The ambitious coach was preparing for the Olympics before problems mounted Stateside
For Warren Abrahams, this season was meant to be about preparing USA women’s sevens for the Olympic Games from his position as assistant coach. But the roughhouse combo of a union’s financial problems and a global pandemic ensured that his life would be whipped in a different direction. Today the defiantly upbeat coach relishes finding new opportunities.
“It’s been incredibly hard,” Abrahams tells Rugby World of losing his job. “You’ve been in a position only weeks ago where you were in a pretty cool spot, in terms of preparing your team for the pinnacle for anyone involved in sevens – the Olympics.
“I remember standing on the field and I was pretty pleased with how our work was progressing as a team. Then there are rumours around of the US potentially going bankrupt and then all of a sudden Covid-19 comes in and hits the whole world with a storm.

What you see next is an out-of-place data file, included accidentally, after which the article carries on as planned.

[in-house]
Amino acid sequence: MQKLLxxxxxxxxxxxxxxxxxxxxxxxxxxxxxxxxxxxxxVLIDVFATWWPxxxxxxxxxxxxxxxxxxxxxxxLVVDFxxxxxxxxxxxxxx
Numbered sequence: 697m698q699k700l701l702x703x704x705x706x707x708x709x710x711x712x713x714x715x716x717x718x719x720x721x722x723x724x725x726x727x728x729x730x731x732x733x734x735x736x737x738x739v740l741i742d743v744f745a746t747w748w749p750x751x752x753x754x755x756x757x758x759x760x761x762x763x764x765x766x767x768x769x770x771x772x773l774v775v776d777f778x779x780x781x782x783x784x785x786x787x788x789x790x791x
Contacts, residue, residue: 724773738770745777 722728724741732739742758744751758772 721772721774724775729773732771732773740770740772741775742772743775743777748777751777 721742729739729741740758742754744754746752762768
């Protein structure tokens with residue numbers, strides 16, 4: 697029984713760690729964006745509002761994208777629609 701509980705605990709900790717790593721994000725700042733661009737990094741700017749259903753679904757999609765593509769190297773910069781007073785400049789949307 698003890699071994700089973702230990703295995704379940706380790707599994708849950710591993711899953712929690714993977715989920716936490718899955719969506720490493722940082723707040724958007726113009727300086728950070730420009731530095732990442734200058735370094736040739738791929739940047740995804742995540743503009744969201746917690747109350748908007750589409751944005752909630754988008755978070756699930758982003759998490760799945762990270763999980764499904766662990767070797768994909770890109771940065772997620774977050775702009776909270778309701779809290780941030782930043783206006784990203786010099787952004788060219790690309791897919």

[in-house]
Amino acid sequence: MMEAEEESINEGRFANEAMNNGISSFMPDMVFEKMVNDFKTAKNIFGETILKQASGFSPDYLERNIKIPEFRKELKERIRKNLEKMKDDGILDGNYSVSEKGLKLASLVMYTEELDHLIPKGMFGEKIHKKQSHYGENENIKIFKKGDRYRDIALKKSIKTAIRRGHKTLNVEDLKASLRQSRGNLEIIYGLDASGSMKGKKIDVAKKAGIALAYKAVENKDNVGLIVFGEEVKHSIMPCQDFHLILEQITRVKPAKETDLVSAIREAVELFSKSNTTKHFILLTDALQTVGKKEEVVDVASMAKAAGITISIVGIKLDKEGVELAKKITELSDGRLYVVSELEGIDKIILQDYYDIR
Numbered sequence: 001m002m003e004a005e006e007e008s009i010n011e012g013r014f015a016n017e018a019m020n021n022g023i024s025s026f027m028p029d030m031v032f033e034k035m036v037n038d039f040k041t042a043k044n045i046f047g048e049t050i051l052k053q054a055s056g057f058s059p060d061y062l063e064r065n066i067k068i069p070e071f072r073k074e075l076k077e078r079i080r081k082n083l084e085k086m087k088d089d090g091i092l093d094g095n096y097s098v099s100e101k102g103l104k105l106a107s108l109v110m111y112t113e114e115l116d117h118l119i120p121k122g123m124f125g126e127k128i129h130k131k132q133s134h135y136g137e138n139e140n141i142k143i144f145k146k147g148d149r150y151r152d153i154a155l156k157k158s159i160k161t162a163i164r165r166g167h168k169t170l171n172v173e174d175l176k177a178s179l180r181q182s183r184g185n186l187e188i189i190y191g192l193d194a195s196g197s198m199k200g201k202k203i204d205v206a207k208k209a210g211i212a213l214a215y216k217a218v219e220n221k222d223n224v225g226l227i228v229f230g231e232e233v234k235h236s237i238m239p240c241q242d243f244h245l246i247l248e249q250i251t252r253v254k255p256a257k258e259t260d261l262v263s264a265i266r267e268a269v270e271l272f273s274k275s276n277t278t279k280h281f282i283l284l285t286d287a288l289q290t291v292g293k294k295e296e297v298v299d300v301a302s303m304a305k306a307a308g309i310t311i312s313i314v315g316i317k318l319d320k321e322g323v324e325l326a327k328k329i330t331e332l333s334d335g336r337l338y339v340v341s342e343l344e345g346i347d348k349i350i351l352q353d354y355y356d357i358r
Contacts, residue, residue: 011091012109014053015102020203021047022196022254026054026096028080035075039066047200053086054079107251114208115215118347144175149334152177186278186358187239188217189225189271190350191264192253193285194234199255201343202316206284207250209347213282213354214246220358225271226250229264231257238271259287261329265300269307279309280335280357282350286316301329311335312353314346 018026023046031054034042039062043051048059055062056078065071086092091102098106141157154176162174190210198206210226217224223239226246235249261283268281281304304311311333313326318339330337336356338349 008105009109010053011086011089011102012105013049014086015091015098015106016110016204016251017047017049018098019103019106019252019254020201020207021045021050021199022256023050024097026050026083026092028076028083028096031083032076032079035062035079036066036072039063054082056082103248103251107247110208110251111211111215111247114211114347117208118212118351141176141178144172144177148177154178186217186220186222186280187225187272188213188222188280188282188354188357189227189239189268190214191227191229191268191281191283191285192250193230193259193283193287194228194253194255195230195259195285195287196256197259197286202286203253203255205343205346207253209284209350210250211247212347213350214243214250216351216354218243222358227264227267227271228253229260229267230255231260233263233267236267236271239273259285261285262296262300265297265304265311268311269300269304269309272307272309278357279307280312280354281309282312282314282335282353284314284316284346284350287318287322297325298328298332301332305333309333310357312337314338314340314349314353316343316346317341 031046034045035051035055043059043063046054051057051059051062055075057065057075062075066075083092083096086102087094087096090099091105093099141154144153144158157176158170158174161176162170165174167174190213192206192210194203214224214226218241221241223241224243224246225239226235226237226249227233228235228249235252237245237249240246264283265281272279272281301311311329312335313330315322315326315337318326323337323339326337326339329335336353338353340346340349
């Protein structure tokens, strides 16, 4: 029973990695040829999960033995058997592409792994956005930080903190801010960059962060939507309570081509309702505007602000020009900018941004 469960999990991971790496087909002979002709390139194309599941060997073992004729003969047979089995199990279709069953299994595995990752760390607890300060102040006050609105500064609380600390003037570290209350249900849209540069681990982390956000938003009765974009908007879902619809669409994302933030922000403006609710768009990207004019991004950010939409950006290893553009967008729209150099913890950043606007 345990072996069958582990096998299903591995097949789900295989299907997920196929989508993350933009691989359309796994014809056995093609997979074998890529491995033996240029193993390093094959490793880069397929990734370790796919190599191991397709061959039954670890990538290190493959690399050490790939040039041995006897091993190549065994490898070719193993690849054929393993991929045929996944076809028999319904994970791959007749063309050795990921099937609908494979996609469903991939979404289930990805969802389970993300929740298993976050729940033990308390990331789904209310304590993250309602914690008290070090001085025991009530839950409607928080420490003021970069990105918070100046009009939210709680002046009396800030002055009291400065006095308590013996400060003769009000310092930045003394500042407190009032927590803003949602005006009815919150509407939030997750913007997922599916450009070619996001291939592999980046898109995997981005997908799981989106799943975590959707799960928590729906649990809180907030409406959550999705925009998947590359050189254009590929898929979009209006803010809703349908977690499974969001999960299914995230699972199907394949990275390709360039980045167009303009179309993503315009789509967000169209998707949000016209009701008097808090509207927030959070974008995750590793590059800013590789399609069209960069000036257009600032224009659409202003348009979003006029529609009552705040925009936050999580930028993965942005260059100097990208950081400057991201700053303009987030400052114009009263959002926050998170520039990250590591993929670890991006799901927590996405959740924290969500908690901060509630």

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“Before you know it, we’re in a position where we had to leave the training centre and then go into what was ultimately a small lockdown process. You weren’t too worried because we were still putting plans in place for the next tournaments but then not long after that – bam! – you are hit with the news. The company’s filing for bankruptcy and I remember sitting there in California and I (spoke) to my missus. Probably a day later, I left California to get back to England. You take as much stuff as you possibly can to come back.”
After a period of hanging on, he got the confirmation in June.
“It’s not great because how long was that? I think it was six months or so before that, I’d moved the family out there to take this challenge on (with USA women). So you’ve got all that stuff going through your head, all those emotions. Then not long after that the Olympics has been postponed and then you sort of start thinking: ‘Right, where could this potentially go – what do you do?’”